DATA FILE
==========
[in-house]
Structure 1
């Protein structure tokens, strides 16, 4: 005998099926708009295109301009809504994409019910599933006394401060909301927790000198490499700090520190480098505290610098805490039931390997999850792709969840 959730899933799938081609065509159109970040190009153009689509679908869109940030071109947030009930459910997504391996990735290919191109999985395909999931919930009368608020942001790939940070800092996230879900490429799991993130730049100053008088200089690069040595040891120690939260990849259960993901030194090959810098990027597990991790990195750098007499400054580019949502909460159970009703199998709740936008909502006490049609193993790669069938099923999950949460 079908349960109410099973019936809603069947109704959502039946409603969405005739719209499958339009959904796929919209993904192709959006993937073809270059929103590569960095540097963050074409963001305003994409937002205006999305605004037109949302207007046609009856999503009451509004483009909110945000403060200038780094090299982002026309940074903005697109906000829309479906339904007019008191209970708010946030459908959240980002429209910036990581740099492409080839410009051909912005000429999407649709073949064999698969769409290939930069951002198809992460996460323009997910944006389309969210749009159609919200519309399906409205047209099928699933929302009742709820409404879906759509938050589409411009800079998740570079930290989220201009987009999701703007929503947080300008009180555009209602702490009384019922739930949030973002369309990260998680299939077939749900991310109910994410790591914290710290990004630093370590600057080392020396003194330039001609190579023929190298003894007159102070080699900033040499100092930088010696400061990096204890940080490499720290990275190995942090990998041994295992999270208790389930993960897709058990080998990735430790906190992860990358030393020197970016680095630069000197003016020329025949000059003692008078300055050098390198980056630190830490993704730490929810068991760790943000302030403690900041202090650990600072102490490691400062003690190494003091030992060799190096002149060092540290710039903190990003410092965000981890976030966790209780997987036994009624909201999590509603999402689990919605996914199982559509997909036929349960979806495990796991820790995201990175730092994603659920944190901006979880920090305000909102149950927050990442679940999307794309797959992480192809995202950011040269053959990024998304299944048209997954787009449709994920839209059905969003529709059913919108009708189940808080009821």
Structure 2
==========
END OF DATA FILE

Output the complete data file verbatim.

[in-house]
Structure 1
């Protein structure tokens, strides 16, 4: 005998099926708009295109301009809504994409019910599933006394401060909301927790000198490499700090520190480098505290610098805490039931390997999850792709969840 959730899933799938081609065509159109970040190009153009689509679908869109940030071109947030009930459910997504391996990735290919191109999985395909999931919930009368608020942001790939940070800092996230879900490429799991993130730049100053008088200089690069040595040891120690939260990849259960993901030194090959810098990027597990991790990195750098007499400054580019949502909460159970009703199998709740936008909502006490049609193993790669069938099923999950949460 079908349960109410099973019936809603069947109704959502039946409603969405005739719209499958339009959904796929919209993904192709959006993937073809270059929103590569960095540097963050074409963001305003994409937002205006999305605004037109949302207007046609009856999503009451509004483009909110945000403060200038780094090299982002026309940074903005697109906000829309479906339904007019008191209970708010946030459908959240980002429209910036990581740099492409080839410009051909912005000429999407649709073949064999698969769409290939930069951002198809992460996460323009997910944006389309969210749009159609919200519309399906409205047209099928699933929302009742709820409404879906759509938050589409411009800079998740570079930290989220201009987009999701703007929503947080300008009180555009209602702490009384019922739930949030973002369309990260998680299939077939749900991310109910994410790591914290710290990004630093370590600057080392020396003194330039001609190579023929190298003894007159102070080699900033040499100092930088010696400061990096204890940080490499720290990275190995942090990998041994295992999270208790389930993960897709058990080998990735430790906190992860990358030393020197970016680095630069000197003016020329025949000059003692008078300055050098390198980056630190830490993704730490929810068991760790943000302030403690900041202090650990600072102490490691400062003690190494003091030992060799190096002149060092540290710039903190990003410092965000981890976030966790209780997987036994009624909201999590509603999402689990919605996914199982559509997909036929349960979806495990796991820790995201990175730092994603659920944190901006979880920090305000909102149950927050990442679940999307794309797959992480192809995202950011040269053959990024998304299944048209997954787009449709994920839209059905969003529709059913919108009708189940808080009821």
Structure 2